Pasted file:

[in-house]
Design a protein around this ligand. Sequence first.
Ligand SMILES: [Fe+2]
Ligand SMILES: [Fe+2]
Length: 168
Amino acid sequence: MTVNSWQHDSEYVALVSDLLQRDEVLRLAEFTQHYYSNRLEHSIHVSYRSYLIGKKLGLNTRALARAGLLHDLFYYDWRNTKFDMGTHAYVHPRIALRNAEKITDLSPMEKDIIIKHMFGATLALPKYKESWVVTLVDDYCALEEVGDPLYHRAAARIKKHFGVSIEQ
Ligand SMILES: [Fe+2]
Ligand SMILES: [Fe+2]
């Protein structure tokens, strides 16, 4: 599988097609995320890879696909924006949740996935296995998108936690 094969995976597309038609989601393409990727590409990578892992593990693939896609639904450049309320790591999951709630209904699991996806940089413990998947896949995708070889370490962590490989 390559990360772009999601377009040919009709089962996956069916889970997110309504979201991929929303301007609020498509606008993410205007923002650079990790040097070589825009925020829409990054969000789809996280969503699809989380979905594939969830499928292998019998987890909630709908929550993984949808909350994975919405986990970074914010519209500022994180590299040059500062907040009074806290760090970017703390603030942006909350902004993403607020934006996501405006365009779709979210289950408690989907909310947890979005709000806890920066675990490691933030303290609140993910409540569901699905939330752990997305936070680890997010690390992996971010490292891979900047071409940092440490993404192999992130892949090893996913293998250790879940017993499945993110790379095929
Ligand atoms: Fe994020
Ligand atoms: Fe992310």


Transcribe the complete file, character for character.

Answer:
[in-house]
Design a protein around this ligand. Sequence first.
Ligand SMILES: [Fe+2]
Ligand SMILES: [Fe+2]
Length: 168
Amino acid sequence: MTVNSWQHDSEYVALVSDLLQRDEVLRLAEFTQHYYSNRLEHSIHVSYRSYLIGKKLGLNTRALARAGLLHDLFYYDWRNTKFDMGTHAYVHPRIALRNAEKITDLSPMEKDIIIKHMFGATLALPKYKESWVVTLVDDYCALEEVGDPLYHRAAARIKKHFGVSIEQ
Ligand SMILES: [Fe+2]
Ligand SMILES: [Fe+2]
């Protein structure tokens, strides 16, 4: 599988097609995320890879696909924006949740996935296995998108936690 094969995976597309038609989601393409990727590409990578892992593990693939896609639904450049309320790591999951709630209904699991996806940089413990998947896949995708070889370490962590490989 390559990360772009999601377009040919009709089962996956069916889970997110309504979201991929929303301007609020498509606008993410205007923002650079990790040097070589825009925020829409990054969000789809996280969503699809989380979905594939969830499928292998019998987890909630709908929550993984949808909350994975919405986990970074914010519209500022994180590299040059500062907040009074806290760090970017703390603030942006909350902004993403607020934006996501405006365009779709979210289950408690989907909310947890979005709000806890920066675990490691933030303290609140993910409540569901699905939330752990997305936070680890997010690390992996971010490292891979900047071409940092440490993404192999992130892949090893996913293998250790879940017993499945993110790379095929
Ligand atoms: Fe994020
Ligand atoms: Fe992310």